This blog post is about cheap easy meals. I spent $15 at the 99¢ Only Store and made 15 meals.
What The Video Here
What To Look For
No matter your budget, here's what you should focus on when grocery shopping. Focus on building each meal with a protein, vegetable, fat, and carbohydrate.
The main focus of your meal should have a quality protein. For this week I was able to purchase a dozen eggs, canned tuna, and bacon.
Our body needs the essential amino acids that protein provides. Protein also keeps us full longer with minimal glucose spikes allowing for sustained energy.
You will most likely get your fat from the oil you cook in and as part of the animal protein. Recommended fats are: extra virgin olive oil, ghee, grass-fed butter, avocado oil, or coconut oil.
This week I mainly used the fat from the bacon and a little avocado oil.
Non Starchy Vegetables
Starting a meal with a non starchy vegetable will help any glucose spikes and provide you with antioxidants, minerals, and fiber. Fiber is great at helping our digestive system especially if we are consuming simple carbohydrates.
Think leafy greens, peppers, radishes, cucumbers, etc.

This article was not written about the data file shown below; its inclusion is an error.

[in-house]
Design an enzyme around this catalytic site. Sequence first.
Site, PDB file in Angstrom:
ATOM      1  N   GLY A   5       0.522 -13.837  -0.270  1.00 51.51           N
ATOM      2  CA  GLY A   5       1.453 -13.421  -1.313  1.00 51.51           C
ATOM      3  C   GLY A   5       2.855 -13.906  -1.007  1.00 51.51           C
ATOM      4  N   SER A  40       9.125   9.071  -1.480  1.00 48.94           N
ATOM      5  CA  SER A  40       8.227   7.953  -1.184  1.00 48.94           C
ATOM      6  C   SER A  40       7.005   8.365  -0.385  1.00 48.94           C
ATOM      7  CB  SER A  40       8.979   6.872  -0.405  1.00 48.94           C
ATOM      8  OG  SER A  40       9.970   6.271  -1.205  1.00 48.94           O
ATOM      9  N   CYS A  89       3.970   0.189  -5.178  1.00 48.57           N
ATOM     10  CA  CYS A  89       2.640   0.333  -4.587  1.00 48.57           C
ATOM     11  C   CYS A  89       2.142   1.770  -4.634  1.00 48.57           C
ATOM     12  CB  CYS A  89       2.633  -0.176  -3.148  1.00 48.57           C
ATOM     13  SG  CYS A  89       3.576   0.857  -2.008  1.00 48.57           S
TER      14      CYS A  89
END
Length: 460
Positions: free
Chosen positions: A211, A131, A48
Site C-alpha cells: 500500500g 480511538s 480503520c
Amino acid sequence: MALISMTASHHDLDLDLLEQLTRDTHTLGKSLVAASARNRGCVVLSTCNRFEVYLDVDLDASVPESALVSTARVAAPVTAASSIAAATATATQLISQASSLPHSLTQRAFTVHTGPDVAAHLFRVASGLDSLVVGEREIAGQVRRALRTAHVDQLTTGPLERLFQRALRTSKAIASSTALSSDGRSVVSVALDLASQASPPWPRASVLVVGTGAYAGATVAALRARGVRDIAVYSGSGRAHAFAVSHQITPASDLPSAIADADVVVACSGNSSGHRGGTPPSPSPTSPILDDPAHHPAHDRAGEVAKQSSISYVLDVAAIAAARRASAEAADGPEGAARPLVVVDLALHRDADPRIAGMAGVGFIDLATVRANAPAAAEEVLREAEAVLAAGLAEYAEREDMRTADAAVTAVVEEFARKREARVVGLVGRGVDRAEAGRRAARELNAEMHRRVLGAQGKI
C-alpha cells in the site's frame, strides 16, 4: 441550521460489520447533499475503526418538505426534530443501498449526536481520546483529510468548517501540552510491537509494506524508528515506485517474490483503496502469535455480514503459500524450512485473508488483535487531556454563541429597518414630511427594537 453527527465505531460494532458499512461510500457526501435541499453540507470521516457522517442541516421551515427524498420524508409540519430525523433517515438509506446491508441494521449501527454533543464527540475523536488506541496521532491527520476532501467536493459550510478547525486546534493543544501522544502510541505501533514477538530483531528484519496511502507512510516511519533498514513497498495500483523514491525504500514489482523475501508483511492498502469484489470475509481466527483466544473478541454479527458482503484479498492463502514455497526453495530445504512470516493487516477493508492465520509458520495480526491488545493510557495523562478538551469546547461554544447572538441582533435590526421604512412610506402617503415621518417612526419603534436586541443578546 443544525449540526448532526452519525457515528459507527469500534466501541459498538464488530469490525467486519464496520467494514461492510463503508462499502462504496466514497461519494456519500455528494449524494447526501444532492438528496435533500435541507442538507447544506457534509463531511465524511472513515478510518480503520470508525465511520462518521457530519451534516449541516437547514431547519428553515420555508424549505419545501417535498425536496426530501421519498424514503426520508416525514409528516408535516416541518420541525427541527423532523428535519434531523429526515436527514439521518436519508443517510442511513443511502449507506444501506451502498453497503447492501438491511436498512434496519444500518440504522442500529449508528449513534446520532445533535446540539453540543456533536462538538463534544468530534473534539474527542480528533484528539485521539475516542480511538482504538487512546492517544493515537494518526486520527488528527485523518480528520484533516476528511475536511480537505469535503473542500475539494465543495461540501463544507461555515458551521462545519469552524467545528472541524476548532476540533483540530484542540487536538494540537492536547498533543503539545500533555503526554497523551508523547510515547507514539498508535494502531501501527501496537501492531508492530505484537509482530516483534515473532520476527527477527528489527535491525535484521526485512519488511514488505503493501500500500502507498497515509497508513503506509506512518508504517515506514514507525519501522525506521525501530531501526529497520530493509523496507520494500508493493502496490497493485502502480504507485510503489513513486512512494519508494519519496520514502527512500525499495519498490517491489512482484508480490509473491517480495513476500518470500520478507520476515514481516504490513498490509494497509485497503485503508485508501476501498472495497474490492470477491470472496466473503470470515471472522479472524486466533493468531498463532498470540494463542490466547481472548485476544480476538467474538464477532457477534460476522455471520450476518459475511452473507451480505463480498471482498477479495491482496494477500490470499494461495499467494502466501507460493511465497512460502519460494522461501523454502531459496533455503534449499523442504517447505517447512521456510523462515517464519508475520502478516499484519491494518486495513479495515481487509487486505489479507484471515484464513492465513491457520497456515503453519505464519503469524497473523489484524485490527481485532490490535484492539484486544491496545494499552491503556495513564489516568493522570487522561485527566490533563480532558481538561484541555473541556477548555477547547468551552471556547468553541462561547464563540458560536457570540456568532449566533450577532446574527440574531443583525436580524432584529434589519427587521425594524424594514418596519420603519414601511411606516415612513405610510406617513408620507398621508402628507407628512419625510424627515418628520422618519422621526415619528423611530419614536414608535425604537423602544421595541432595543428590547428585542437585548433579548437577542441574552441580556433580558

On a budget look at the frozen foods section! Best part is the frozen veg won’t go bad as quickly and often times can come out cheaper.
I found lots of frozen vegetable options at the 99¢ Only store and used 2 bags for 15 meals.
In an ideal world we’d have starchy vegetables and complex carbohydrates only, but that’s just not the world we live in. Whenever possible find a complex carbohydrate to pair your meals with and have it toward the end of your meal. This will minimize any glucose spikes.
Complex carbohydrates are carbohydrates that have protein and/or fiber. Think beans, potatoes, rice, grains, etc.
My main carbohydrate for the week was a bag of white rice. It beefs up a meal and when paired the way I recommend helps keep you full.
Always check the ingredients before purchasing. While we can’t always avoid seed oils, fillers, and added sugars, we can be mindful of how much we are consuming.
I do recommend purchasing pasture raised eggs, grass fed and finished beef, and sustainable wild caught fish whenever possible. HOWEVER depending on your circumstances, buy what you can afford. It is better to get the nutrients of conventional animal products than to eliminate them completely and replace them with simple carbohydrates or processed meat replacements.
Pound for pound conventional beef is still more nutritious than plant based meats and proteins. For more info I recommend visiting https://sustainabledish.com/ for more information.
Every Little Bit Helps
This blog post about how to create cheap easy meals will hopefully guide you to make simple switches no matter your budget.
Every little bit helps. Habits are formed by taking knowledge, developing skills, and practice over time. Sustainable and lasting change happens over time.